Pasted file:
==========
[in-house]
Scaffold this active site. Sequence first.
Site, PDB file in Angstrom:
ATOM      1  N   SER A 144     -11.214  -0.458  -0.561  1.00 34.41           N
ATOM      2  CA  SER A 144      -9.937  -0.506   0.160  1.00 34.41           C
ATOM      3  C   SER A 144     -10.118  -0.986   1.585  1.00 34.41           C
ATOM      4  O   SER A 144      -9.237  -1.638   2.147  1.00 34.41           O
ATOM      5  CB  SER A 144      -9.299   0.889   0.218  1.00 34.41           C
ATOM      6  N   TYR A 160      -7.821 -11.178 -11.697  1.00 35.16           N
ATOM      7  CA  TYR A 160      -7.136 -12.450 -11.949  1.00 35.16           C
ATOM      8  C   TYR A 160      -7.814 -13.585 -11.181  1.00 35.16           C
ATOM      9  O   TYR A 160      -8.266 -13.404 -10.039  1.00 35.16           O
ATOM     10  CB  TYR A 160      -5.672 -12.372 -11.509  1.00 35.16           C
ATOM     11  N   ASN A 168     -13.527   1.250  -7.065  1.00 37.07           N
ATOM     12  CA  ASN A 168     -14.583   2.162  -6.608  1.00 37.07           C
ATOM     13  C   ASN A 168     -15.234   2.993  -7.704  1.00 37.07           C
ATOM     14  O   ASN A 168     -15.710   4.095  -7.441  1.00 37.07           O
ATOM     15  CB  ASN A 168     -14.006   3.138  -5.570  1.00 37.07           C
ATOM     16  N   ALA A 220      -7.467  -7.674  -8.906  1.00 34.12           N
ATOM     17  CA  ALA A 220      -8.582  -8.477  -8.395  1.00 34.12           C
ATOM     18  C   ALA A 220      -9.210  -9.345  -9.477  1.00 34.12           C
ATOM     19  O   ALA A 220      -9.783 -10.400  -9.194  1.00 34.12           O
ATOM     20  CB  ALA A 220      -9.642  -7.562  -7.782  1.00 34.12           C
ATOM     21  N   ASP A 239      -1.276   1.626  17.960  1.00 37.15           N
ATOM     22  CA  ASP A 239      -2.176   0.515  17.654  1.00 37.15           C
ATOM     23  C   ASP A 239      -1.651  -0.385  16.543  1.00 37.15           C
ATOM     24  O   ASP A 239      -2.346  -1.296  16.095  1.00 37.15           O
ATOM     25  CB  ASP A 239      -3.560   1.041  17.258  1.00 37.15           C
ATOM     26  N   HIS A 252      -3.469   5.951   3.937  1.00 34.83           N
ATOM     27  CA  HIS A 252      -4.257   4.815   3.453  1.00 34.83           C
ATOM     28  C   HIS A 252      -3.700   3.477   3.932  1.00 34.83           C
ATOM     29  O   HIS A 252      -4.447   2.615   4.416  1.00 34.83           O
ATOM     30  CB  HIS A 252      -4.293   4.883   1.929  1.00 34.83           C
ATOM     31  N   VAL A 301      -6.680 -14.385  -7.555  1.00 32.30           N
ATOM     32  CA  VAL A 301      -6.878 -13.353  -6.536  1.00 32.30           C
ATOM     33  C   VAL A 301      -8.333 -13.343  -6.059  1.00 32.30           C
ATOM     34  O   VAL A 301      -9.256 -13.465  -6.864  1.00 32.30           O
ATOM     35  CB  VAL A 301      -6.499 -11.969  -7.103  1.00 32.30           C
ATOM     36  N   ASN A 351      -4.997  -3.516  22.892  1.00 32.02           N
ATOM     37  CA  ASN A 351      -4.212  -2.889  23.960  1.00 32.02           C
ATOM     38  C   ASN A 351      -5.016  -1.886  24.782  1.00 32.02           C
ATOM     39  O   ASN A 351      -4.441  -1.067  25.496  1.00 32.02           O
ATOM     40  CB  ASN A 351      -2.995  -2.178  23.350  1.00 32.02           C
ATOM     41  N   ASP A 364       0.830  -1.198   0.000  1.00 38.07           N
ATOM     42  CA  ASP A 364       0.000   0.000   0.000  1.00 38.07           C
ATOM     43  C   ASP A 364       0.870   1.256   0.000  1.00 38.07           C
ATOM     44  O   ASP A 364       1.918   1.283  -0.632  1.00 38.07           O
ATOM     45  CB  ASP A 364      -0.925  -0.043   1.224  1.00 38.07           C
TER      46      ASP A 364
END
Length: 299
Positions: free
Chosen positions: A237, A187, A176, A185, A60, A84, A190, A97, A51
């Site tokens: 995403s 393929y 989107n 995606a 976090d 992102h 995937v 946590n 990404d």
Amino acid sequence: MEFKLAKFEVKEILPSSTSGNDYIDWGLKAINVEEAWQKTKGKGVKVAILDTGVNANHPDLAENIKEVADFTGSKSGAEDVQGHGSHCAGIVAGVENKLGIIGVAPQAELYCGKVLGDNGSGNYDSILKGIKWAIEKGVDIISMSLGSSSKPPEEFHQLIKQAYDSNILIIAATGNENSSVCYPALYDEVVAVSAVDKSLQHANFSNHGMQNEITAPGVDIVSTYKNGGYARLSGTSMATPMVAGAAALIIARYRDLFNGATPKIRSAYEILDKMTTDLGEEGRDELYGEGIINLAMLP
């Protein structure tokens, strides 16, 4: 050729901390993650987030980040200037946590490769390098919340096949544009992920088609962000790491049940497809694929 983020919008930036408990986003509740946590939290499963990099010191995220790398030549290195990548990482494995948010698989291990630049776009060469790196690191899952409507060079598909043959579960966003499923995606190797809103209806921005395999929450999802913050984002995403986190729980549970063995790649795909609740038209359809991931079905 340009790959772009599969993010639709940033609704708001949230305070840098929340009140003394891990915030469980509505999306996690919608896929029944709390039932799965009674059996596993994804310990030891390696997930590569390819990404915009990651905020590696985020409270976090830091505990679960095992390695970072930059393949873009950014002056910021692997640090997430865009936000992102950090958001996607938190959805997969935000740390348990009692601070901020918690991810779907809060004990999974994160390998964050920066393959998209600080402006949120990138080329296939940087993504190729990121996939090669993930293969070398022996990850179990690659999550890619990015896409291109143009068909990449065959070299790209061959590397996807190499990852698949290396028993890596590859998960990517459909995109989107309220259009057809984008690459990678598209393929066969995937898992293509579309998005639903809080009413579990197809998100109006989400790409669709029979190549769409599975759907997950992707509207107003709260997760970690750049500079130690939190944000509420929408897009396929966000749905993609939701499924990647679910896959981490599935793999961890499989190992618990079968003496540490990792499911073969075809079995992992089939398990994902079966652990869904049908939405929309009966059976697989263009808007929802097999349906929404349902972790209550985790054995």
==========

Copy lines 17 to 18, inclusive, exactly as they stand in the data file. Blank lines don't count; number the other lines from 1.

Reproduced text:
ATOM     14  O   ASN A 168     -15.710   4.095  -7.441  1.00 37.07           O
ATOM     15  CB  ASN A 168     -14.006   3.138  -5.570  1.00 37.07           C